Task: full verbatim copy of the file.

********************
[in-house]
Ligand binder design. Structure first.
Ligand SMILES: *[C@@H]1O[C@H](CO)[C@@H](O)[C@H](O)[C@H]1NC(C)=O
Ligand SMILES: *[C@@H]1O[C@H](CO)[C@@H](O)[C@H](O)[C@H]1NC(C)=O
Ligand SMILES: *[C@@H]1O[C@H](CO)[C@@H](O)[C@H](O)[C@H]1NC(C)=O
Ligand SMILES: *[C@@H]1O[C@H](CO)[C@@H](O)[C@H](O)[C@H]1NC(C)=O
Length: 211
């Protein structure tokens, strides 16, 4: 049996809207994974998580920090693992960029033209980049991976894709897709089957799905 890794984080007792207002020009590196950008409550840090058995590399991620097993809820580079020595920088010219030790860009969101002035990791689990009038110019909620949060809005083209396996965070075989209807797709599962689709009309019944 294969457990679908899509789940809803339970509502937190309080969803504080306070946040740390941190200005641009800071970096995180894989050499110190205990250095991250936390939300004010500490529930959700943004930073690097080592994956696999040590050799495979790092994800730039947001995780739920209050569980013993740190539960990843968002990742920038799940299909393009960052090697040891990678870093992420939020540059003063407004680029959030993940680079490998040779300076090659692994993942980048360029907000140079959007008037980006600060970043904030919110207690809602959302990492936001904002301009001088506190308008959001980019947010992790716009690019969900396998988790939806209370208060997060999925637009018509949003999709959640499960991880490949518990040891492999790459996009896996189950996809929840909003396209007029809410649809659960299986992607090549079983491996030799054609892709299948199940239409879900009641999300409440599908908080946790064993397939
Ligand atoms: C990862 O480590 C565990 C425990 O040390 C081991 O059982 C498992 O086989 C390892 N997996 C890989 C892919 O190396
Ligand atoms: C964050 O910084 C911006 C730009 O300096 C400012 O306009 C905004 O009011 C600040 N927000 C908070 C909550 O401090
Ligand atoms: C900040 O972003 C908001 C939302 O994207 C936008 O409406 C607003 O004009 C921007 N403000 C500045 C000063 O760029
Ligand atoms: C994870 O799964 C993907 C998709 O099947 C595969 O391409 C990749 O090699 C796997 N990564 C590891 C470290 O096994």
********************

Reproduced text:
[in-house]
Ligand binder design. Structure first.
Ligand SMILES: *[C@@H]1O[C@H](CO)[C@@H](O)[C@H](O)[C@H]1NC(C)=O
Ligand SMILES: *[C@@H]1O[C@H](CO)[C@@H](O)[C@H](O)[C@H]1NC(C)=O
Ligand SMILES: *[C@@H]1O[C@H](CO)[C@@H](O)[C@H](O)[C@H]1NC(C)=O
Ligand SMILES: *[C@@H]1O[C@H](CO)[C@@H](O)[C@H](O)[C@H]1NC(C)=O
Length: 211
């Protein structure tokens, strides 16, 4: 049996809207994974998580920090693992960029033209980049991976894709897709089957799905 890794984080007792207002020009590196950008409550840090058995590399991620097993809820580079020595920088010219030790860009969101002035990791689990009038110019909620949060809005083209396996965070075989209807797709599962689709009309019944 294969457990679908899509789940809803339970509502937190309080969803504080306070946040740390941190200005641009800071970096995180894989050499110190205990250095991250936390939300004010500490529930959700943004930073690097080592994956696999040590050799495979790092994800730039947001995780739920209050569980013993740190539960990843968002990742920038799940299909393009960052090697040891990678870093992420939020540059003063407004680029959030993940680079490998040779300076090659692994993942980048360029907000140079959007008037980006600060970043904030919110207690809602959302990492936001904002301009001088506190308008959001980019947010992790716009690019969900396998988790939806209370208060997060999925637009018509949003999709959640499960991880490949518990040891492999790459996009896996189950996809929840909003396209007029809410649809659960299986992607090549079983491996030799054609892709299948199940239409879900009641999300409440599908908080946790064993397939
Ligand atoms: C990862 O480590 C565990 C425990 O040390 C081991 O059982 C498992 O086989 C390892 N997996 C890989 C892919 O190396
Ligand atoms: C964050 O910084 C911006 C730009 O300096 C400012 O306009 C905004 O009011 C600040 N927000 C908070 C909550 O401090
Ligand atoms: C900040 O972003 C908001 C939302 O994207 C936008 O409406 C607003 O004009 C921007 N403000 C500045 C000063 O760029
Ligand atoms: C994870 O799964 C993907 C998709 O099947 C595969 O391409 C990749 O090699 C796997 N990564 C590891 C470290 O096994």